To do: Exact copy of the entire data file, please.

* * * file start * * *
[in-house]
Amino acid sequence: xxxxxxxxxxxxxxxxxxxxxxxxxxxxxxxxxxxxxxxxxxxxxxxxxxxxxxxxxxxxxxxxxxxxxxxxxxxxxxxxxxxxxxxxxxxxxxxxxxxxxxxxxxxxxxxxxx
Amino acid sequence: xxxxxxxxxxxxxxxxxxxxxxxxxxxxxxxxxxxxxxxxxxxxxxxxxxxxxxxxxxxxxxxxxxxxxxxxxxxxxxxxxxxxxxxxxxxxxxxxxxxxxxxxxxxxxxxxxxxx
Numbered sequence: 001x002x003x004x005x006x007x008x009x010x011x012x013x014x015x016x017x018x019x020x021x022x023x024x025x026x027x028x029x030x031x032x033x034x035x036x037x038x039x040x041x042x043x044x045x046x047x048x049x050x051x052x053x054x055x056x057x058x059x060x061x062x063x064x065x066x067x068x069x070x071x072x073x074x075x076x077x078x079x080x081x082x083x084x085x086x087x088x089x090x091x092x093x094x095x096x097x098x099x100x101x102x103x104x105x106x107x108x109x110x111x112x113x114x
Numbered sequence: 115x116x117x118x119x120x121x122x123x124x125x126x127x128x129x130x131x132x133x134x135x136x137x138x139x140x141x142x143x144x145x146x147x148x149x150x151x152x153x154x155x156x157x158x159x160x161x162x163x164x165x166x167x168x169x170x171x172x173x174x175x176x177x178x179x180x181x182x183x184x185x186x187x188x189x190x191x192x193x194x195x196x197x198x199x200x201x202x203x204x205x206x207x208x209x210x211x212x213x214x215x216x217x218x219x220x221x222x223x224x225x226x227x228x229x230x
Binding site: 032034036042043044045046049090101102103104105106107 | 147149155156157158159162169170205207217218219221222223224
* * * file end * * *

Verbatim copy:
[in-house]
Amino acid sequence: xxxxxxxxxxxxxxxxxxxxxxxxxxxxxxxxxxxxxxxxxxxxxxxxxxxxxxxxxxxxxxxxxxxxxxxxxxxxxxxxxxxxxxxxxxxxxxxxxxxxxxxxxxxxxxxxxx
Amino acid sequence: xxxxxxxxxxxxxxxxxxxxxxxxxxxxxxxxxxxxxxxxxxxxxxxxxxxxxxxxxxxxxxxxxxxxxxxxxxxxxxxxxxxxxxxxxxxxxxxxxxxxxxxxxxxxxxxxxxxx
Numbered sequence: 001x002x003x004x005x006x007x008x009x010x011x012x013x014x015x016x017x018x019x020x021x022x023x024x025x026x027x028x029x030x031x032x033x034x035x036x037x038x039x040x041x042x043x044x045x046x047x048x049x050x051x052x053x054x055x056x057x058x059x060x061x062x063x064x065x066x067x068x069x070x071x072x073x074x075x076x077x078x079x080x081x082x083x084x085x086x087x088x089x090x091x092x093x094x095x096x097x098x099x100x101x102x103x104x105x106x107x108x109x110x111x112x113x114x
Numbered sequence: 115x116x117x118x119x120x121x122x123x124x125x126x127x128x129x130x131x132x133x134x135x136x137x138x139x140x141x142x143x144x145x146x147x148x149x150x151x152x153x154x155x156x157x158x159x160x161x162x163x164x165x166x167x168x169x170x171x172x173x174x175x176x177x178x179x180x181x182x183x184x185x186x187x188x189x190x191x192x193x194x195x196x197x198x199x200x201x202x203x204x205x206x207x208x209x210x211x212x213x214x215x216x217x218x219x220x221x222x223x224x225x226x227x228x229x230x
Binding site: 032034036042043044045046049090101102103104105106107 | 147149155156157158159162169170205207217218219221222223224